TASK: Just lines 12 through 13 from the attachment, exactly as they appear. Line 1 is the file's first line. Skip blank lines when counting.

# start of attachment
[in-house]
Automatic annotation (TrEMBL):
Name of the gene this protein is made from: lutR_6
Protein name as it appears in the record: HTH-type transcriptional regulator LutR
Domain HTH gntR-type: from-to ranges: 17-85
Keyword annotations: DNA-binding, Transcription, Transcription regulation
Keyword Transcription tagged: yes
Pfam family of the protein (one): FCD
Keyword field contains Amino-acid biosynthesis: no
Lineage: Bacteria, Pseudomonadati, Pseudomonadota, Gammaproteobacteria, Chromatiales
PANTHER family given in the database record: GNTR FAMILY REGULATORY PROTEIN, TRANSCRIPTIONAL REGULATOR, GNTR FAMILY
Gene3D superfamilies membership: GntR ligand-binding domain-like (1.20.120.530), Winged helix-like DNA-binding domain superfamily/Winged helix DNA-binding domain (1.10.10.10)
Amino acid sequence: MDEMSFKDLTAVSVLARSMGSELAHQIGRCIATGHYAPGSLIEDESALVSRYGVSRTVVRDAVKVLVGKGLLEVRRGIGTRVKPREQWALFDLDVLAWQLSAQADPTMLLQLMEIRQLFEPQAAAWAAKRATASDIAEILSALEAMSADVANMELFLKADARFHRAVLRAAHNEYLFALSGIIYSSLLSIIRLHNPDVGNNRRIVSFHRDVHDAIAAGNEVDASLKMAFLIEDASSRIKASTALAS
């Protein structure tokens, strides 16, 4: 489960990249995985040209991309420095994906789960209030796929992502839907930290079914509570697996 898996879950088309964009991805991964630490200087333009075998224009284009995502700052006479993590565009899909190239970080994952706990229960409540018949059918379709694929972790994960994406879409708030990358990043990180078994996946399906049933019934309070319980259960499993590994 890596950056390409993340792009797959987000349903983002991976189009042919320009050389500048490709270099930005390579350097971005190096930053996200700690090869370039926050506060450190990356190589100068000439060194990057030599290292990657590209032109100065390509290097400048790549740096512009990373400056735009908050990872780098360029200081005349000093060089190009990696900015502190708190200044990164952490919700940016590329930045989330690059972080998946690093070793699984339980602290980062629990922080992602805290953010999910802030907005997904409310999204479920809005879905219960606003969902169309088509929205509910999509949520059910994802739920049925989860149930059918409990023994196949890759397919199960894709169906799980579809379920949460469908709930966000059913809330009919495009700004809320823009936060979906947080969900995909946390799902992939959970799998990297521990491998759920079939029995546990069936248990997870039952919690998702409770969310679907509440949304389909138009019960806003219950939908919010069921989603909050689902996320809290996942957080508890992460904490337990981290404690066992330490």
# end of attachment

Gene3D superfamilies membership: GntR ligand-binding domain-like (1.20.120.530), Winged helix-like DNA-binding domain superfamily/Winged helix DNA-binding domain (1.10.10.10)
Amino acid sequence: MDEMSFKDLTAVSVLARSMGSELAHQIGRCIATGHYAPGSLIEDESALVSRYGVSRTVVRDAVKVLVGKGLLEVRRGIGTRVKPREQWALFDLDVLAWQLSAQADPTMLLQLMEIRQLFEPQAAAWAAKRATASDIAEILSALEAMSADVANMELFLKADARFHRAVLRAAHNEYLFALSGIIYSSLLSIIRLHNPDVGNNRRIVSFHRDVHDAIAAGNEVDASLKMAFLIEDASSRIKASTALAS